Protesters demand removal of CPUC president

HANNAH ALBARAZI/Bay City NewsSeveral protesters gathered Thursday outside the CPUC headquarters to demand President Michael Peevey’s dismissal.

A group of protesters gathered on the steps in front of the California Public Utilities Commission's building in San Francisco on Thursday morning demanding the removal of commission President Michael Peevey.

The call for Peevey's ousting comes just weeks after San Mateo County politicians blasted the CPUC and called upon state Attorney General Kamala Harris to conduct an investigation into the commission's allegedly unlawful relationship with PG&E in the wake of the 2010 deadly San Bruno explosion.

The Sept. 9, 2010, explosion of a PG&E gas line in San Bruno's Crestmoor neighborhood killed eight people, injured dozens, destroyed 38 homes and severely damaged 17 others.

San Bruno Mayor Jim Ruane, Assemblyman Kevin Mullin and state Sen. Jerry Hill alleged last month that the CPUC illegally intervened in the penalty case against PG&E for the San Bruno gas-line explosion in order to secure a more favorable ruling for PG&E. They claimed the commission also engaged in illegal communication with PG&E regarding rate setting.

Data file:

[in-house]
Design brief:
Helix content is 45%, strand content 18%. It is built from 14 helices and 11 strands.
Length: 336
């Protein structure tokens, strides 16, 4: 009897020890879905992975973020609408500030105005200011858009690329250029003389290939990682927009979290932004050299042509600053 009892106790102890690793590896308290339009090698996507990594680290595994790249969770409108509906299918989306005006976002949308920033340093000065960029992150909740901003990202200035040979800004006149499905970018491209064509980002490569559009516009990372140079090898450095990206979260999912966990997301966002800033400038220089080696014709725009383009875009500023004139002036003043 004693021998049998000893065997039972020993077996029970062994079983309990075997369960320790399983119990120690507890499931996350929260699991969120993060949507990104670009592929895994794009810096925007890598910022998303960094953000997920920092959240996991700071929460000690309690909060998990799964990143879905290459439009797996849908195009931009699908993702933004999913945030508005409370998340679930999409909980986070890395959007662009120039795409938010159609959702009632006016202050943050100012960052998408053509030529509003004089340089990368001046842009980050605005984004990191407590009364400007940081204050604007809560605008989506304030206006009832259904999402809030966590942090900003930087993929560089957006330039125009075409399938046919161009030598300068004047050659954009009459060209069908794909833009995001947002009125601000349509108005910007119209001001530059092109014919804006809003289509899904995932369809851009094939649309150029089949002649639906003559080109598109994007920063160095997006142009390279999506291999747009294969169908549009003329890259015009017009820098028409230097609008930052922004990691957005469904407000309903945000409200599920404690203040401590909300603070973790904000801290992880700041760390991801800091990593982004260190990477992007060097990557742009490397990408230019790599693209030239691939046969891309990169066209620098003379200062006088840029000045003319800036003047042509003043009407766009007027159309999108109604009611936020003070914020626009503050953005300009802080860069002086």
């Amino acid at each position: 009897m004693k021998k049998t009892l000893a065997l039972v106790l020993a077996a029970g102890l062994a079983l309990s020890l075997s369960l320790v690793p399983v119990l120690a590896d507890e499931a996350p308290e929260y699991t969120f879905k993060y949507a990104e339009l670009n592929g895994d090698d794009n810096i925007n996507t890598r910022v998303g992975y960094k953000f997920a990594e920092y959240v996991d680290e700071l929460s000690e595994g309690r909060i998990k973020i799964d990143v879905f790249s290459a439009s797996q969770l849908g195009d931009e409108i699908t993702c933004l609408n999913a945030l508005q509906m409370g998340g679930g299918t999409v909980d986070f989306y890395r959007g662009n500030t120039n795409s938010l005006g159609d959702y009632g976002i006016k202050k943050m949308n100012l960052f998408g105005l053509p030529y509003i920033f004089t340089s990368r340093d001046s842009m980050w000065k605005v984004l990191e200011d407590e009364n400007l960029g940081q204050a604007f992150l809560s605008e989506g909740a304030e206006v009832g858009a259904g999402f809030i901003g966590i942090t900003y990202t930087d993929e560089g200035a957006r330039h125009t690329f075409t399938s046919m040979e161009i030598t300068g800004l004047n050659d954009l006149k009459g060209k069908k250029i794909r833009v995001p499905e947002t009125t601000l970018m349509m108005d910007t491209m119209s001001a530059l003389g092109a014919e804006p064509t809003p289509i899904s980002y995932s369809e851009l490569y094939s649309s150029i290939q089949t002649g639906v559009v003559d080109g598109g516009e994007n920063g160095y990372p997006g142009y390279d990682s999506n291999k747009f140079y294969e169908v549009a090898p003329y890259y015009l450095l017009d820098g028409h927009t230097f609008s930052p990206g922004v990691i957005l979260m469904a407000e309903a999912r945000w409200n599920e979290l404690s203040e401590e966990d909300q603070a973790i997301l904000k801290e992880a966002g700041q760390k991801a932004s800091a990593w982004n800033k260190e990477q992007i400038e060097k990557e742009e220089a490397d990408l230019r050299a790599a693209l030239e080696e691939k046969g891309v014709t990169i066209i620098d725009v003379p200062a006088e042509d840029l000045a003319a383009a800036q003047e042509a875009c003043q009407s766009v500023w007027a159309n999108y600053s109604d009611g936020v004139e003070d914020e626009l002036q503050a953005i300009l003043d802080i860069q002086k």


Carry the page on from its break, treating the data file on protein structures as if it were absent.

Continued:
Protesters assembled Thursday on Van Ness Avenue holding signs with slogans such as “#flushPeevey” and “Peevey Out Now” prior to the commission's meeting.

Peevey, the former president of Edison International and its subsidiary Southern California Edison, was appointed to the position of CPUC president in 2002. His current term expires at the end of this year and he could be reappointed to a third six-year term.

Political activist Steve Zeltzer said protesters addressed the commission Thursday and demanded Peevey's removal, citing his “long record of conflicts of interest.”

Zeltzer said the commission did not respond to protesters' demands for Peevey's removal. He said the commission itself has failed to properly regulate the utility companies' actions.

Zeltzer added he wants to see California create a public utility that has the interest of Californians at its core, rather than private utilities, which he said put profits above consumers' health and safety.

The call for action comes in the wake of PG&E's firing of three employees in September for email conversations with CPUC officials that reportedly discussed assigning administrative law judges to rate-setting cases who would be more sympathetic to PG&E's case.

In July, San Bruno officials obtained emails between the CPUC and PG&E that showed CPUC officials advised PG&E on how to handle legal issues and potential fines stemming from the gas pipeline explosion.

Peevey's chief of staff, Carol Brown, resigned for her part in the email exchanges.

However, CPUC Commissioner Mike Florio, who communicated with PG&E over the judge assignment, remains in his post.

PG&E has said the utility took responsibility for the misconduct and expects a fine.

Hill, Mullin and Ruane publicly signed a letter to Harris calling for an investigation and delivered it to her office in the California State Building in San Francisco last month.

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